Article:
Link to move in page

Global navigation
Global navigation end
From here to text

Chapter Two
Period of President Ishibashi's Leadership

After Hatoyama retired, Tanzan Ishibashi was elected as the second President of the Liberal Democratic Party.

The task of choosing individuals to serve in the new administration was made especially difficult by the fact that competition within the LDP for the Presidency had been so fierce.

Prime Minister Ishibashi took this into consideration when he decided to form his government according to the following guidelines - (1) in order to increase unity within the party, the most suitable person shall be chosen for each post, regardless of faction membership; (2) due to the importance of economic policy, special emphasis will be placed on the selection of individuals for cabinet posts with economic portfolios; (3) the posts of LDP Secretary-General and Chief Cabinet Secretary will be filled by persons of the Prime Minister's choosing. He then appointed Takeo Miki as the Party Secretary-General and Shigemasa Sunada as the Chairman of the General Council.

The 26th Ordinary Session of the Diet was convened on December 20, 1956. Voting began at 4 o'clock in the afternoon in both houses and shortly thereafter, Ishibashi was chosen as the 55th Prime Minister. The task of forming a cabinet, however, was more difficult than expected and no agreement was reached even into the next day. Consequently, Ishibashi was the only individual to be sworn into office at an Imperial investiture ceremony held in the morning of December 23, three days after he had been elected as Prime Minister. With Ishibashi temporarily charged with fulfilling the duties and conducting the administrative work of the entire cabinet, his administration got off to a highly unusual start.

In the afternoon of December 23, the selection of cabinet ministers was finally completed. These individuals were then sworn into office at an Imperial attestation ceremony conducted in the evening of the same day. Unfortunately, new difficulties arose when LDP members in the House of Councillors, who had been allocated three cabinet seats, recommended former Navy Admiral Kichisaburo Nomura for the post of Defense Agency Director General. Since this ran counter to Article 66 of the Constitution which stipulates that all Ministers of State must be civilians, the House of Councillors LDP members' candidates could not be accepted and Prime Minister Ishibashi was once again forced to serve concurrently in two or three other posts. It was not until February of 1957 that Akira Kotaki was appointed as Director General of the Defense Agency.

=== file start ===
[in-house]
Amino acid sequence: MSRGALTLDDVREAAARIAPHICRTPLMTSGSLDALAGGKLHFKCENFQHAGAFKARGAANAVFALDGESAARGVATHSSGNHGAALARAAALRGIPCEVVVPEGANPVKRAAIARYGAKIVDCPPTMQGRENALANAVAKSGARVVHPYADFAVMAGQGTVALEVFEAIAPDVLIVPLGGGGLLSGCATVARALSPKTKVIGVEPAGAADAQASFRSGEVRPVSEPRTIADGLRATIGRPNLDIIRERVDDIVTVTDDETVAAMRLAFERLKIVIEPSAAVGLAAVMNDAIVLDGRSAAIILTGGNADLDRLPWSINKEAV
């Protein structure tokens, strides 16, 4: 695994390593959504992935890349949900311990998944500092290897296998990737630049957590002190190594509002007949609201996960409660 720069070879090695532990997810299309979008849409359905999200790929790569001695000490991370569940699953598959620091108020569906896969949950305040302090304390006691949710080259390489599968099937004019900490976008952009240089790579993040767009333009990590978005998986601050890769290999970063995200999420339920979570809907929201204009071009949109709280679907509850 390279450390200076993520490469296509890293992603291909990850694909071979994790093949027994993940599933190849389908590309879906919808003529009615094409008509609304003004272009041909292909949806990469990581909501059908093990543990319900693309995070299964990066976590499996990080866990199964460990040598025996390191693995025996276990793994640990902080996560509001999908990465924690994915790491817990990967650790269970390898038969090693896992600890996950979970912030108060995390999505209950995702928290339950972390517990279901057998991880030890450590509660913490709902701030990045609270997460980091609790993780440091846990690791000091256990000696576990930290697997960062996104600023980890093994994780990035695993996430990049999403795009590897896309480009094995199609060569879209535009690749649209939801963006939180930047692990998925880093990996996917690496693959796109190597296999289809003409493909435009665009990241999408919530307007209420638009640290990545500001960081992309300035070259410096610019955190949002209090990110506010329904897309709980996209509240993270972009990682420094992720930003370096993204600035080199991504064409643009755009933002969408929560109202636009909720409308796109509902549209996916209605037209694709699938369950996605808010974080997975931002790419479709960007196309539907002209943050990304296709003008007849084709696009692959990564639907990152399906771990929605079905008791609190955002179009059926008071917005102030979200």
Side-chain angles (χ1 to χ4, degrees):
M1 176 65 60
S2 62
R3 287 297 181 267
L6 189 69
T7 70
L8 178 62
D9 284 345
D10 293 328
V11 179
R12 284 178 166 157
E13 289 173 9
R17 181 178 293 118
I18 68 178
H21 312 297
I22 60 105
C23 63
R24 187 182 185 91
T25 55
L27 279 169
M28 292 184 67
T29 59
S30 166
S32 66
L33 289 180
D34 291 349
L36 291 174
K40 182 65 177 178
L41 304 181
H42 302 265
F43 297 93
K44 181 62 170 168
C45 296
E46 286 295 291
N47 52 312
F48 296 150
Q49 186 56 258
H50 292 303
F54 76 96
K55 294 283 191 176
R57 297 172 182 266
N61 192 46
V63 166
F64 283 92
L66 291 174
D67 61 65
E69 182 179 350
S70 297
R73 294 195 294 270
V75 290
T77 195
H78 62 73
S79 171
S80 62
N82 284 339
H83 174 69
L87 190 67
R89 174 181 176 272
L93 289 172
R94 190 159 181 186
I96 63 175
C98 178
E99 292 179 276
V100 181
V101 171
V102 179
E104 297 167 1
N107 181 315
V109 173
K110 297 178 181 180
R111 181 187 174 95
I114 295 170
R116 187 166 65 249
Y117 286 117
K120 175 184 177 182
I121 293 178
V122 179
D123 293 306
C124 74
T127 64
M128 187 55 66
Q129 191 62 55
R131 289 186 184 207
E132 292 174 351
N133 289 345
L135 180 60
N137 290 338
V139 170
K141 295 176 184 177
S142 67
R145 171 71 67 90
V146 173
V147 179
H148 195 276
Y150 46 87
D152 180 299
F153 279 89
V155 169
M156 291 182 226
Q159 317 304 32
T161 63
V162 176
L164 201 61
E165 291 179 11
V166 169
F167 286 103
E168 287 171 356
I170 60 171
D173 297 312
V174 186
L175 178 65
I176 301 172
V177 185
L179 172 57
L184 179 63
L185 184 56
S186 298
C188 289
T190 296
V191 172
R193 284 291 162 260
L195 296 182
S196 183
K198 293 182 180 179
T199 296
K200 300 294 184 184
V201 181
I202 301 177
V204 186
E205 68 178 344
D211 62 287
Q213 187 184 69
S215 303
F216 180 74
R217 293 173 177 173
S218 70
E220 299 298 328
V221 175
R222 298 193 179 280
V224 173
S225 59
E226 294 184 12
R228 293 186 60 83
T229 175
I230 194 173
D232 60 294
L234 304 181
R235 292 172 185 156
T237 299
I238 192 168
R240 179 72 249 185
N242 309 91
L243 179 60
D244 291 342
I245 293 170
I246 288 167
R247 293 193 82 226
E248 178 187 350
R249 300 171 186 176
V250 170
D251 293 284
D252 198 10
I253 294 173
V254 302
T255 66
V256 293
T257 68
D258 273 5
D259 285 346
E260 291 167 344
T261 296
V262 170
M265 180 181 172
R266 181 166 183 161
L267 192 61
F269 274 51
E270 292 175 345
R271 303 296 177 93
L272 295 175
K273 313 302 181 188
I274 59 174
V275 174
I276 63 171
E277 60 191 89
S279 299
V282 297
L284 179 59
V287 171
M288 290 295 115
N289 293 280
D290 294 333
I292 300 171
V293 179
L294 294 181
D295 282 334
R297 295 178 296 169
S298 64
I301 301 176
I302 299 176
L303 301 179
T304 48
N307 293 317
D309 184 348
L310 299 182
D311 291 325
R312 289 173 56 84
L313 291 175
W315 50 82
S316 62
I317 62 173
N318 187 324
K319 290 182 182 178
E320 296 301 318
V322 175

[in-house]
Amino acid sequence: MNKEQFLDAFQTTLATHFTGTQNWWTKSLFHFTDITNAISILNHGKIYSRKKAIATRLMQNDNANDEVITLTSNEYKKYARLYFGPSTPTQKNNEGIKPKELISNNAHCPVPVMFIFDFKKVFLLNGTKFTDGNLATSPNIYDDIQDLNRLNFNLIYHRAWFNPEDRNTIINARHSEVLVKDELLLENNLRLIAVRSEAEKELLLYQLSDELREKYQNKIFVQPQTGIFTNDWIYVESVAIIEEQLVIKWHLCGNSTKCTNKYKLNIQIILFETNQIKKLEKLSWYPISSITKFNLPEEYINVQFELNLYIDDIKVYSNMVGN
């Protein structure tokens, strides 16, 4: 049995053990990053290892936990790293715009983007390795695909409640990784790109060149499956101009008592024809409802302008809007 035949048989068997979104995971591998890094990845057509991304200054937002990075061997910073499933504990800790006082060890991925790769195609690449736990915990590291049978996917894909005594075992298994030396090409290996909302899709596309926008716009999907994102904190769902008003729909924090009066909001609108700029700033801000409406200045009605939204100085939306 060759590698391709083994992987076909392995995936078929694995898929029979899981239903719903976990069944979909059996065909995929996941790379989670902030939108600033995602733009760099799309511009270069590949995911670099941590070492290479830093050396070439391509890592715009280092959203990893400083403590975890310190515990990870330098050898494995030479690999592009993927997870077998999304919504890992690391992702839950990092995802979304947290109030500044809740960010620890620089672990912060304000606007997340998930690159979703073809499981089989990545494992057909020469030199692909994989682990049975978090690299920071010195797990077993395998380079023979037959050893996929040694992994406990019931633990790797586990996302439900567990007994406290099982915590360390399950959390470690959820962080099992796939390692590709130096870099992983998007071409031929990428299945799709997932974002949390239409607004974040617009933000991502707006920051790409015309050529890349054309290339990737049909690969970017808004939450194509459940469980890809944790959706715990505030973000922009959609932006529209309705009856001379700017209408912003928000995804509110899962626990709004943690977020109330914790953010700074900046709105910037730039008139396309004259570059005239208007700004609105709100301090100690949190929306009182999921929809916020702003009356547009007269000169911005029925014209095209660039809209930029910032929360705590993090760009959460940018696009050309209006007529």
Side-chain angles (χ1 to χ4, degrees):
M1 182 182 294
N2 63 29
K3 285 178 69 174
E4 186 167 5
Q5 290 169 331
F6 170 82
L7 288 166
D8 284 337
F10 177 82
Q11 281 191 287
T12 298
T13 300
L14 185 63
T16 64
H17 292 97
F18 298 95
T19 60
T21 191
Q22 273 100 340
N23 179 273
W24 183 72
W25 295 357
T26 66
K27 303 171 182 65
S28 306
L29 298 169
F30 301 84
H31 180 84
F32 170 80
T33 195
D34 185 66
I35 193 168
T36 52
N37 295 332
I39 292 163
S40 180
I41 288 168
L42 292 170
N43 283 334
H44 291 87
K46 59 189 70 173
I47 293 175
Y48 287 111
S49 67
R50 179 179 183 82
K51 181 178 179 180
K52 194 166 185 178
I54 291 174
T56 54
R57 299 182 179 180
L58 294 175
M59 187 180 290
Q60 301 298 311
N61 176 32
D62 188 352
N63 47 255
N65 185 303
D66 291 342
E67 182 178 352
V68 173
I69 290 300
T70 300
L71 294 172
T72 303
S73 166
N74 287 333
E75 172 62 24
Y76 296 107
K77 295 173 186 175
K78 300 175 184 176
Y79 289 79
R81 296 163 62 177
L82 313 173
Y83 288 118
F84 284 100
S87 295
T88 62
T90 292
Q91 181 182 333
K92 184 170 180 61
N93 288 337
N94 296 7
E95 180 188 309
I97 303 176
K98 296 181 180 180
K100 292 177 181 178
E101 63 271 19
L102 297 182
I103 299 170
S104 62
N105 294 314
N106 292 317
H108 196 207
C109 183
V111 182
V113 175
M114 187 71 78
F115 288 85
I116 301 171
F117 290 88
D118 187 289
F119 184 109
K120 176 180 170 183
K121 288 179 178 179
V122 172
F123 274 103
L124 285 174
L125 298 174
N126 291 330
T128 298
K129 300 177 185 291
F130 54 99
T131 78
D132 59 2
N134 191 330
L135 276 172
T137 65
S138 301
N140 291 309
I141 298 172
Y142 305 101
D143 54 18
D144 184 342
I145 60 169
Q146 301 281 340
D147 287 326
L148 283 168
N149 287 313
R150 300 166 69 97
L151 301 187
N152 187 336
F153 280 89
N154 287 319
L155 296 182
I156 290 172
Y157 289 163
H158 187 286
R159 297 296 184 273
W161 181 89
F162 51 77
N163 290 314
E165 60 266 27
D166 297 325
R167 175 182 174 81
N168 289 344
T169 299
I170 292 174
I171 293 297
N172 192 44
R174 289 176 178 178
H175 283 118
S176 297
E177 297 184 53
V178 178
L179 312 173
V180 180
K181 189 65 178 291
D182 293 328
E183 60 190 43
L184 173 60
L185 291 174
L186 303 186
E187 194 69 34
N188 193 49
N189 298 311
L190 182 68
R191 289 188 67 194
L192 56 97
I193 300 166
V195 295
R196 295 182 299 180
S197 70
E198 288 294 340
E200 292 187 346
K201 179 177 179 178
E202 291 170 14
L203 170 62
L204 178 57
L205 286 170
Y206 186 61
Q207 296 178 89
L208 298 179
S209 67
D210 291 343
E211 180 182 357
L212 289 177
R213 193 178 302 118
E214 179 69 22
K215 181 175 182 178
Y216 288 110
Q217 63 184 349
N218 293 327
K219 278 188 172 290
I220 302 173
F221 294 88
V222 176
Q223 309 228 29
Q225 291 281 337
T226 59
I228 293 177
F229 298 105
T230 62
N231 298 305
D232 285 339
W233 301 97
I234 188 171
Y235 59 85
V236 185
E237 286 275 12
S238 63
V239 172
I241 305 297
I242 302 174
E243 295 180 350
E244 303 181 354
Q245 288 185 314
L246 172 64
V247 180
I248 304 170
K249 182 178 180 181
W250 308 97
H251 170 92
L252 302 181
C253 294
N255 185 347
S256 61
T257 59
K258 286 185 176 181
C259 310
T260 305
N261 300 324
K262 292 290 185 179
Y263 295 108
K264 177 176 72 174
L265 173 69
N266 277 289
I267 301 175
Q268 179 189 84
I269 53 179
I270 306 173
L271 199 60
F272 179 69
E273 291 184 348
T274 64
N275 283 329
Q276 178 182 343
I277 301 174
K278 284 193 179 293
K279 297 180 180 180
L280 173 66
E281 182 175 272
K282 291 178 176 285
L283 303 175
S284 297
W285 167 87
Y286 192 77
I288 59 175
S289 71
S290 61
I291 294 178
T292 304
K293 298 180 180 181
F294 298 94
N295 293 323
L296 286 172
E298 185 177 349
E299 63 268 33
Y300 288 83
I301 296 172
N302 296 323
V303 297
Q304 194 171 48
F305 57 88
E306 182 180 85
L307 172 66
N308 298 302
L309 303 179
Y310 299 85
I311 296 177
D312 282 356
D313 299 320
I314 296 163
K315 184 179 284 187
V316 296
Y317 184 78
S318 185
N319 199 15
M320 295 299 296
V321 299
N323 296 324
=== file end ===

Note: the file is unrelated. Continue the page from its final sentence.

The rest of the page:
Because of his background and affable personality, Ishibashi was often referred to as the "people's prime minister." In addition to an aggressive economic agenda built around a "100 billion yen tax cut" (issen oku genzei) and other measures worth an additional "100 billion yen" (issen oku shisaku), he dedicated his administration to fulfilling the following "Five Pledges" - (1) improving standards of professional conduct among public servants; (2) building a welfare state; (3) boosting levels of employment and production; (4) normalizing the operations of the National Diet; and (5) working for world peace. These policies proved immensely popular and the Ishibashi Cabinet enjoyed high public approval ratings.

Unfortunately, by the early spring of 1957 the stress of national campaign tours and difficulties encountered during the compilation of the budget had taken their toll on Ishibashi's health. Explaining that he felt compelled to follow his "political conscience," Ishibashi submitted his resignation on February 22. His cabinet, which had been in existence for only nine weeks, soon followed suit. In spite of this, Prime Minister Ishibashi's exemplary professionalism had made a lasting impression on both politicians and the general public.

The material legacy of the Ishibashi Cabinet was understandably limited by the brevity of its 65-day tenure. It consisted largely of the pledges Ishibashi made as he toured the country and the policy speeches Foreign Minister Kishi gave on Ishibashi's behalf in the Diet while he (Kishi) was serving as acting Prime Minister. However, Ishibashi's career and graceful withdrawal from public life had provided the world with an example of professional ethics that earned him the respect even of opposition parties. His departure was accompanied by an outpouring of popular sympathy and praise.

The text ends here
Local navigation

Back to Top

menu